Yesterday a young man made his first major league start, and he wasted no time in letting the Yankees Universe know who he is. Up until then, however, not much was known about him by the average fan. Is he another Shelley Duncan or Shane Spencer? Is he the next Mike Trout? There is still not much information out there on Zoilo, so here’s some good info on the guy they call “Zee.”
Throws: Right handed
Bats: Switch hitter
Best tool: Power
In 2006, the Yankees signed then 17 year old Zoilo Almonte out of the Dominican Republic for an unknown and likely insignificant amount. They saw a young kid with plenty of raw tools and the potential to become a solid major leaguer. Since then he has slowly climbed the minor league ladder, producing better stats each year as he grows more and more mature.
From 2006-2008, Zoilo spent his time in the DSL and the GCL with mixed results. His OBP hovered around .300 and he averaged about five home runs per year and three stolen bases. At this point he was not considered much of a prospect, but was still valued as a player who had excellent speed and could hit from both sides of the plate.
Then in 2009 at the age of 20 he had something of a breakout season for Staten Island. He hit .274/.355/.440 with seven home runs and 15 stolen bases. Given that he was just 20, it was time to start taking Zoilo seriously again. The following year he split time between Charleston and Tampa, and began to show a trend. He started off slow and then by midseason he was raking so hard that the Yankees moved him up to High-A Tampa. He proceeded to struggle with an adjustment period, but finished the season at a respectable .269/.331/.424 and 13 home runs with 15 SB.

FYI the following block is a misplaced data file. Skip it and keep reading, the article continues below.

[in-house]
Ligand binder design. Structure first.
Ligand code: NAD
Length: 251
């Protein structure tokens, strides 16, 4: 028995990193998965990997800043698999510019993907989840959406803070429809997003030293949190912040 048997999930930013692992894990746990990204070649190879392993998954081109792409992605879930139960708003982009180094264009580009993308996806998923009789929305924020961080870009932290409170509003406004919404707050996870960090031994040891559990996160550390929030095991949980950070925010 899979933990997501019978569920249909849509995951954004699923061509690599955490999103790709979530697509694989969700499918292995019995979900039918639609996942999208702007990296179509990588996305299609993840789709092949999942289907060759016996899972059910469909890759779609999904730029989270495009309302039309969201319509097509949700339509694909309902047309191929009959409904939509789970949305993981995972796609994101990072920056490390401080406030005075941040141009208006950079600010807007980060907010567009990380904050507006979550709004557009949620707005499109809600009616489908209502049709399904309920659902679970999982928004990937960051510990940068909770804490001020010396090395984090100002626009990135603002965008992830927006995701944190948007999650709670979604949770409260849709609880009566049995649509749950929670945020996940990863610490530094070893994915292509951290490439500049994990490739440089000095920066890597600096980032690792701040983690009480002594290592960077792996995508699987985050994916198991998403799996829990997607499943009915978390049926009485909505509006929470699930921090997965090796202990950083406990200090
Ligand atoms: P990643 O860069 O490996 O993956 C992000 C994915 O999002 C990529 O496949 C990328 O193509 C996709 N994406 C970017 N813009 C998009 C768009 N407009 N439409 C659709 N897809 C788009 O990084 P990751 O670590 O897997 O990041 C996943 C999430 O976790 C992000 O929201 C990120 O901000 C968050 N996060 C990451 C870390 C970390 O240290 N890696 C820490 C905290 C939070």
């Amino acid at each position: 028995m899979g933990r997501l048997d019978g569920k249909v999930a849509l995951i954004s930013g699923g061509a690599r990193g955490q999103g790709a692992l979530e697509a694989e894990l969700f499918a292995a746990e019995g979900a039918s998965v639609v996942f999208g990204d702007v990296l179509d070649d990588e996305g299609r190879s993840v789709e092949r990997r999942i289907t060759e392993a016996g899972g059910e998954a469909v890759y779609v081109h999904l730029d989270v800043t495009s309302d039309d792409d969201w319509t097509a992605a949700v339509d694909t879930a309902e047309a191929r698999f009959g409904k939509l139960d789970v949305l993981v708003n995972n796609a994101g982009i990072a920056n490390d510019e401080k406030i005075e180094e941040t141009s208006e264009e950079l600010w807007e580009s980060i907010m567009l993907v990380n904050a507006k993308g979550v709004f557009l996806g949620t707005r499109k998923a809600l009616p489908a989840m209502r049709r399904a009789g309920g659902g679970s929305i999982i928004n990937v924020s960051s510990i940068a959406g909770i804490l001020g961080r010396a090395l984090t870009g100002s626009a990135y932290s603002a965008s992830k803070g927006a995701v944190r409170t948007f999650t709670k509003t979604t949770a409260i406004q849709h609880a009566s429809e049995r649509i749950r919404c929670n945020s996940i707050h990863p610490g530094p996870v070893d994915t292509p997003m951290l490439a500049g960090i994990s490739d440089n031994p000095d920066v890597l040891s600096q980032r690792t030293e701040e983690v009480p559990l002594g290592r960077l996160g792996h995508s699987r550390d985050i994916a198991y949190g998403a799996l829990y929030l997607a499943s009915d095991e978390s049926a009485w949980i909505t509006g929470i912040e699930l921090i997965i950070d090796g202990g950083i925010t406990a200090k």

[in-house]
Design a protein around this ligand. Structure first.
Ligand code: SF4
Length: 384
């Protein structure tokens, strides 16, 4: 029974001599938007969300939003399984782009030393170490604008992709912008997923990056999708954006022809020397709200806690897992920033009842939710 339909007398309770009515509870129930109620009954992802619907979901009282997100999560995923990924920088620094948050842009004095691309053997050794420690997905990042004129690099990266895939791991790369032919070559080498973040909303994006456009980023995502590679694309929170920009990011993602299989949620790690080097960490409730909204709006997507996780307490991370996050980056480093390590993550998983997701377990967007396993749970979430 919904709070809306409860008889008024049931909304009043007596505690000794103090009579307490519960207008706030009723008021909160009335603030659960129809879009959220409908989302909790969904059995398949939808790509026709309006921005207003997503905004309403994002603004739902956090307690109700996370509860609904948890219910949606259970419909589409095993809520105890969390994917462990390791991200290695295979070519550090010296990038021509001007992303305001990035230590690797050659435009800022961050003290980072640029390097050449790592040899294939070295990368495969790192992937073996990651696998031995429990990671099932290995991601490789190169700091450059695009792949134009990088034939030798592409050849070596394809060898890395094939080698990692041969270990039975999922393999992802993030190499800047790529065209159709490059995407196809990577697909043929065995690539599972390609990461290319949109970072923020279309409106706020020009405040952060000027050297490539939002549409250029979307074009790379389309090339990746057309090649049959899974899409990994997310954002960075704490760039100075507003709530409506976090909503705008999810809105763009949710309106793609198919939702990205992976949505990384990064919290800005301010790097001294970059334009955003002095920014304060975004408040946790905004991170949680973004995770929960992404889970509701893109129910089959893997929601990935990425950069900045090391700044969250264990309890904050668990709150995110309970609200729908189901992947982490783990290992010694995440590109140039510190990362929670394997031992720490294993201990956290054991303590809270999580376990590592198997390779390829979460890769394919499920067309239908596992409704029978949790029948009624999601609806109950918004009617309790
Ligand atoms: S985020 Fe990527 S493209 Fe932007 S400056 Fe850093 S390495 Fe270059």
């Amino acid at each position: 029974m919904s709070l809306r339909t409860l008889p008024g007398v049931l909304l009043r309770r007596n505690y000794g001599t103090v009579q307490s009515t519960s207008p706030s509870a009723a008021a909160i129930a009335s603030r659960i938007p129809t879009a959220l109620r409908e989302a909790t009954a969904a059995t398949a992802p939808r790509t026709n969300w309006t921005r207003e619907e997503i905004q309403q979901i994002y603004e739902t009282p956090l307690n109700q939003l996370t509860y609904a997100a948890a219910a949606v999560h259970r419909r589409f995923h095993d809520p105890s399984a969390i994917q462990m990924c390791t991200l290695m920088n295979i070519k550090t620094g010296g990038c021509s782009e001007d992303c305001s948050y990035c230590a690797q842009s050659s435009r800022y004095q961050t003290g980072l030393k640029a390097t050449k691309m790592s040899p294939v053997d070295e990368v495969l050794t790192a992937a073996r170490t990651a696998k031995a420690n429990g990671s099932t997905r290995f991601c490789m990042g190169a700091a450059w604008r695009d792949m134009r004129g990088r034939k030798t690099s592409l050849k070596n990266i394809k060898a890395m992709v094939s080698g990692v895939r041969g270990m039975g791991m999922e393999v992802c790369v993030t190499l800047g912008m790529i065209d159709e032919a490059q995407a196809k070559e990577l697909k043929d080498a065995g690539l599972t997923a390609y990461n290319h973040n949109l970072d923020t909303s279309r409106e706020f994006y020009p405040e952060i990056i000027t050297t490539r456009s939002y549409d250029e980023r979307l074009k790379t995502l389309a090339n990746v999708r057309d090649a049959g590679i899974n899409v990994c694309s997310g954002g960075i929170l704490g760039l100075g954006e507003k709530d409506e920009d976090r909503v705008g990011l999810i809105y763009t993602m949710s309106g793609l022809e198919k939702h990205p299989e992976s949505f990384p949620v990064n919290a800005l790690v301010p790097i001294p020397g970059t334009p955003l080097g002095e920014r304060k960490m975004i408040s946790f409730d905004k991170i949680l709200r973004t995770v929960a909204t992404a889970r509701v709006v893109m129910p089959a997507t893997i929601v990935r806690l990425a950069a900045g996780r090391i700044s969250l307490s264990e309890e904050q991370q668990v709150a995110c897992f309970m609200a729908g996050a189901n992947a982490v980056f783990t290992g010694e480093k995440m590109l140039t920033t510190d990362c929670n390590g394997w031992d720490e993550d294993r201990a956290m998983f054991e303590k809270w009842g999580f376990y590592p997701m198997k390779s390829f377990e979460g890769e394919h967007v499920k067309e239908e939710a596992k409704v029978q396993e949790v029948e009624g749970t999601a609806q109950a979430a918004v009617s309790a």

Next in 2011, Zoilo showed a similar pattern. He started off slow only to eventually destroy the ball in Tampa. He was called up to Trenton, where he battled and became familiar with the competition for about 50 games. He finished the season at .276/.345/.459/.803, again improving on his statistics from the previous season. He had 15 homers and 18 SB.
In 2012 Zoilo had arguably his best season yet. He hit .277/.322/.487/.808 with 21 home runs and 15 SB. He followed that up in 2013 by breaking his trend and started the season hot. He was impressive during Spring Training and proceeded to hit .297/.369/.421 with six home runs for the first half of the season. This earned him a promotion and a chance to prove that he belongs at the major league level.
In case you missed it, Zoilo Almonte has gone 4-for-5 with a homerun and three singles since he was called up. He provided a big spark in the game yesterday and could be a major factor going forward. At the same time we need not look further than David Adams for a cautionary tale about not getting too excited from an extremely small sample size. That said, Zoilo Almonte is not Shelley Duncan. He has an actual future with the Yankees and could become a part of their “rebuilding” process (I put rebuilding in quotes because the Yankees idea of rebuilding is being 3.5 games out of first midway through the season).